Ashley Taylor, "Solidarity: Obligations and Expressions"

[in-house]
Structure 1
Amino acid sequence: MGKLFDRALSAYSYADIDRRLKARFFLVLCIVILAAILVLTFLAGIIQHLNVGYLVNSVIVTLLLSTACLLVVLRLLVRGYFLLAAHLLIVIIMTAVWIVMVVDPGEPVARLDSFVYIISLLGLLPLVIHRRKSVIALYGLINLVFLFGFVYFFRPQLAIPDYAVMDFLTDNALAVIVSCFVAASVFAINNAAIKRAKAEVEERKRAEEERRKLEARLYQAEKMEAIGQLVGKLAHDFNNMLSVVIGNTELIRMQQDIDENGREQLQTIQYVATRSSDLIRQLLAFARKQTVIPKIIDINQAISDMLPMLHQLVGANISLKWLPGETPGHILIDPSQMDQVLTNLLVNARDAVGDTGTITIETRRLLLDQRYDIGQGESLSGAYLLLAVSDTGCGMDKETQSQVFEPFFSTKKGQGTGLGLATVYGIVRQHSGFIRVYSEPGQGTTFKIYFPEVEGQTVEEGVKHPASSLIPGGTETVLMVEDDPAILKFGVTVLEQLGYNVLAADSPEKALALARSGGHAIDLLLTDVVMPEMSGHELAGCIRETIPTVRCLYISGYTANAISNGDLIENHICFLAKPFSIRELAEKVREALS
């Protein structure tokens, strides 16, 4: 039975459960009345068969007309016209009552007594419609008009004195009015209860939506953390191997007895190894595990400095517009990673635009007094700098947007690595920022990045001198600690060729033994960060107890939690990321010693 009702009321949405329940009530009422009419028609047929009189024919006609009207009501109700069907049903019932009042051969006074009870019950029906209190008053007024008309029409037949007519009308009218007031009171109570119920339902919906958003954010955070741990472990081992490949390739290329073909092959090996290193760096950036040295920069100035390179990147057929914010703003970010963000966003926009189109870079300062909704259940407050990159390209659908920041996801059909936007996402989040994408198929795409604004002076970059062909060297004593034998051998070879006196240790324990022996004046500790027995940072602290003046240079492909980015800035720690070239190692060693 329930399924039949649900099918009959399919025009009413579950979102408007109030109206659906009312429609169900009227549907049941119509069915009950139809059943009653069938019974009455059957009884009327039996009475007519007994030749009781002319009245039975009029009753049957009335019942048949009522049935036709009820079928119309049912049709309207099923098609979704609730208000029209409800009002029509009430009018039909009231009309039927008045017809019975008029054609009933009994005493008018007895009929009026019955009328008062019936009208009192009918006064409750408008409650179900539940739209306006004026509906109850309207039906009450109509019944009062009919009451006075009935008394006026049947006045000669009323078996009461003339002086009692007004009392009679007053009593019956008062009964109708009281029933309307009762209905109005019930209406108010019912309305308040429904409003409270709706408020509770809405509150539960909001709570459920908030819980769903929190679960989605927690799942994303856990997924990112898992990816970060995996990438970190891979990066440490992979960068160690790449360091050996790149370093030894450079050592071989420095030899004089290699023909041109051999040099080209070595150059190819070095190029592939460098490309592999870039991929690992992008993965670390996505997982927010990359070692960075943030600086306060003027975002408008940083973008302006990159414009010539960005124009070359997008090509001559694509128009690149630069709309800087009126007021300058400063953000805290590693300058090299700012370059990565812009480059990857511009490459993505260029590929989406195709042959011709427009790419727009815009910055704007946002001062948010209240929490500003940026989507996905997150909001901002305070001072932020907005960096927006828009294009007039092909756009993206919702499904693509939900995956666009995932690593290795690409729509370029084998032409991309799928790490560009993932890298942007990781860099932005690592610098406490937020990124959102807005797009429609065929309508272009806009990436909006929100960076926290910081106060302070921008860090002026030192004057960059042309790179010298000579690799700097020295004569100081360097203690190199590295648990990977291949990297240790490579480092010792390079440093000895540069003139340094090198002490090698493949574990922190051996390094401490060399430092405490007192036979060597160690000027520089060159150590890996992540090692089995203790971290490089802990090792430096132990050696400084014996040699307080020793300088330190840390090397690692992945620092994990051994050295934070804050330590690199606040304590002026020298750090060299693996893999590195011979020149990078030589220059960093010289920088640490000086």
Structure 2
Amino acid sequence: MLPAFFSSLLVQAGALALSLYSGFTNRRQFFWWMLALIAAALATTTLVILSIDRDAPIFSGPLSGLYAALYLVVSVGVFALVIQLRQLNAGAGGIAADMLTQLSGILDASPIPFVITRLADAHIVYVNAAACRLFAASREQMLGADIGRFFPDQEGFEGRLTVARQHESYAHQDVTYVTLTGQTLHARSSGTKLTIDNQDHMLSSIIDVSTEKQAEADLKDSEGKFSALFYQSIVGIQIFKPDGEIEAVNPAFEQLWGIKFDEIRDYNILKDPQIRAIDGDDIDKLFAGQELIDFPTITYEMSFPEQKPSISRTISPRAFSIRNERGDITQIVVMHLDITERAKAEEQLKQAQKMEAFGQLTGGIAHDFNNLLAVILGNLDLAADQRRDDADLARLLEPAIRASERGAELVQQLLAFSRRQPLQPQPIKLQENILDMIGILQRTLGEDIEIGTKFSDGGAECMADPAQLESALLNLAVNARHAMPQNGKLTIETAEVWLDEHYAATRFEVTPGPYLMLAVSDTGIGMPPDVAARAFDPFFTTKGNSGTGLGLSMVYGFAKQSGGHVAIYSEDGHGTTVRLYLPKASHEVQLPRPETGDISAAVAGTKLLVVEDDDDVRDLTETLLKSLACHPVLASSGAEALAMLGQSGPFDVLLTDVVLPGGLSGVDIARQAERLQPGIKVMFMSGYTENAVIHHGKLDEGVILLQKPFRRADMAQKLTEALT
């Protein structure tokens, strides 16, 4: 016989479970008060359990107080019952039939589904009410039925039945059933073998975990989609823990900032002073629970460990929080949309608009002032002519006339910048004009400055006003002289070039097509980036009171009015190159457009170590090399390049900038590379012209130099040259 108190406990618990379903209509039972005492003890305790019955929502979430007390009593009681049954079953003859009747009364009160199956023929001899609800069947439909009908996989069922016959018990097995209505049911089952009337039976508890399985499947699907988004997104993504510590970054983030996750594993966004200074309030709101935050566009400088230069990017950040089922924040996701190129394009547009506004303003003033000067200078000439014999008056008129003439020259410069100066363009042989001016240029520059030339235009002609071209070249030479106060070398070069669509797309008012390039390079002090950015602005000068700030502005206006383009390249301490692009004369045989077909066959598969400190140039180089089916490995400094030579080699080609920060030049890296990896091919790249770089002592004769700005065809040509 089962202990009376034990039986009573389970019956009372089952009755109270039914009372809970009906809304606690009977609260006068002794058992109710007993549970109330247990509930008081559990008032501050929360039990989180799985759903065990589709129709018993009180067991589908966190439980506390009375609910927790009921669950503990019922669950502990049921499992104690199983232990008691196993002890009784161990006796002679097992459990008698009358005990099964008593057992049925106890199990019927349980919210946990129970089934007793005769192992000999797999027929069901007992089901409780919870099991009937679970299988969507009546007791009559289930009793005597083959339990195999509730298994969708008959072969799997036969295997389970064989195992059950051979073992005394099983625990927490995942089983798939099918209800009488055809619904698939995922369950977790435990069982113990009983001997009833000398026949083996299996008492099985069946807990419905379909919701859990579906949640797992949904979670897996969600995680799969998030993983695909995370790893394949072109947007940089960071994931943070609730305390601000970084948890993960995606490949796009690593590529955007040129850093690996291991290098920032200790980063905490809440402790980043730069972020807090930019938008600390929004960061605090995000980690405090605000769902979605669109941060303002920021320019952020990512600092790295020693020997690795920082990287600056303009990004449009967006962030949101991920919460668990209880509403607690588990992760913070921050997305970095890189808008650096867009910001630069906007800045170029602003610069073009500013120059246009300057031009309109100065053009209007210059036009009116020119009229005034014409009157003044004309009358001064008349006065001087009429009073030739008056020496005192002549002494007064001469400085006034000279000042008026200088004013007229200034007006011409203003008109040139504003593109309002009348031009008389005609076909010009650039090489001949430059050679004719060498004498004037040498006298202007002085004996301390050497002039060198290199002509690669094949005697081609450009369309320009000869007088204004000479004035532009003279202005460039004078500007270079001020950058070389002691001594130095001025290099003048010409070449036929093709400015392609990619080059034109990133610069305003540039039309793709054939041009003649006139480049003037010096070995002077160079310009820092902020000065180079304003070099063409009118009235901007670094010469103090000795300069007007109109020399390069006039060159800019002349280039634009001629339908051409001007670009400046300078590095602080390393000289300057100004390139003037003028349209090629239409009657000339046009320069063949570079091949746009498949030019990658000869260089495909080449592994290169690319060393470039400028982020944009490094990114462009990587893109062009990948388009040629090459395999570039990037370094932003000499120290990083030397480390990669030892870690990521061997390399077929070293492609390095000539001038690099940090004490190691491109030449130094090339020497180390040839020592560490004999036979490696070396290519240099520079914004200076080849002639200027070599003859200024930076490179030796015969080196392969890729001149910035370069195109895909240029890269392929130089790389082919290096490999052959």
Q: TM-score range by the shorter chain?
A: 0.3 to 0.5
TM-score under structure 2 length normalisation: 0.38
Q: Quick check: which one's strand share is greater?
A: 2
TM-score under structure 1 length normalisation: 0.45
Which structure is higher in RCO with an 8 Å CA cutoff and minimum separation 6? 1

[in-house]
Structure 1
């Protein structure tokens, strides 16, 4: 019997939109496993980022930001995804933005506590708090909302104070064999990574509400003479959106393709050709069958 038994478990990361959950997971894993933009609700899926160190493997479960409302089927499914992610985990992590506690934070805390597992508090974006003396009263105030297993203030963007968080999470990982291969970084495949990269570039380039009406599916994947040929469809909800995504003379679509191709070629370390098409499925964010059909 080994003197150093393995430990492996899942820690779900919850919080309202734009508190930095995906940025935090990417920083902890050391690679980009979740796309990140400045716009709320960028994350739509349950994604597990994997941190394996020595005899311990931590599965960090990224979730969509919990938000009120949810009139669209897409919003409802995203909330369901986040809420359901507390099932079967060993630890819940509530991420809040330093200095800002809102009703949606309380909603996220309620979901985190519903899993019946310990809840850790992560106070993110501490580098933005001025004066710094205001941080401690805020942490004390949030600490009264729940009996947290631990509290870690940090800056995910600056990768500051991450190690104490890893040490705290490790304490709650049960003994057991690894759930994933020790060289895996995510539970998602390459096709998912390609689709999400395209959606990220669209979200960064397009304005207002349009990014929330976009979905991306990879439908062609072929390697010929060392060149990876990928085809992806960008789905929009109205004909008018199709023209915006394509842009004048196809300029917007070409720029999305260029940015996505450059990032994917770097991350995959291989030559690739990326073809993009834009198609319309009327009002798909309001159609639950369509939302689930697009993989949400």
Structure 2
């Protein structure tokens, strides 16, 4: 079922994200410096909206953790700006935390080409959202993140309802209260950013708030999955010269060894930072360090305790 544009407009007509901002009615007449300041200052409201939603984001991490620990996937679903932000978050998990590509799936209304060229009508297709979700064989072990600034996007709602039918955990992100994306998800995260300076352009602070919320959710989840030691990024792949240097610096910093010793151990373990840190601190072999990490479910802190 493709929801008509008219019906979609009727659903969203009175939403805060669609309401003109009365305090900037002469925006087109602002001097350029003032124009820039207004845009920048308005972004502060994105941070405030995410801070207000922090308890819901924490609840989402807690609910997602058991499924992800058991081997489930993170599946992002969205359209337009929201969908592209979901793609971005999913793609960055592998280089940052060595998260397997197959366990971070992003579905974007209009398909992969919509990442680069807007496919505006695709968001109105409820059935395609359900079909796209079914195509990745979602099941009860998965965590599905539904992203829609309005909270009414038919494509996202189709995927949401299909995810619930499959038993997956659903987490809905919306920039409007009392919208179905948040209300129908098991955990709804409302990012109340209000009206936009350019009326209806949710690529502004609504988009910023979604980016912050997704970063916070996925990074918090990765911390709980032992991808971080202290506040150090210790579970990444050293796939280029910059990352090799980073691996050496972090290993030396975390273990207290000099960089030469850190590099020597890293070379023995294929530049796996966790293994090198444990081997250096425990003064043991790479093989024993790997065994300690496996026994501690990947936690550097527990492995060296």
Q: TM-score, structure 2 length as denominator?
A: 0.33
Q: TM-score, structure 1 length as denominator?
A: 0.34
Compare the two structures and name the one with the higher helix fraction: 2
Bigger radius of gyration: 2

In some instances of solidarity individuals act with a group as a result of obligations incurred because of membership in that group. In other instances, individuals act in solidarity to express empathy or support for a group in which they have never actually participated, and whom they could not possibly be considered to be acting with. Our options are to either accept the mutual exclusivity of these two dominant uses of the term; reject one of these views of solidarity; or to find a way of explaining that in fact both solidarity with a group and solidarity toward a group are instances of solidarity. This paper takes the latter route. After clarifying the different normative uses of solidarity along the lines of expressional and robust solidarity, I offer an account of the necessary conditions of solidarity. I then argue that the difference in the normative content of these two species of solidarity depends on whether the conditions of solidarity are bidirectional or unidirectional.

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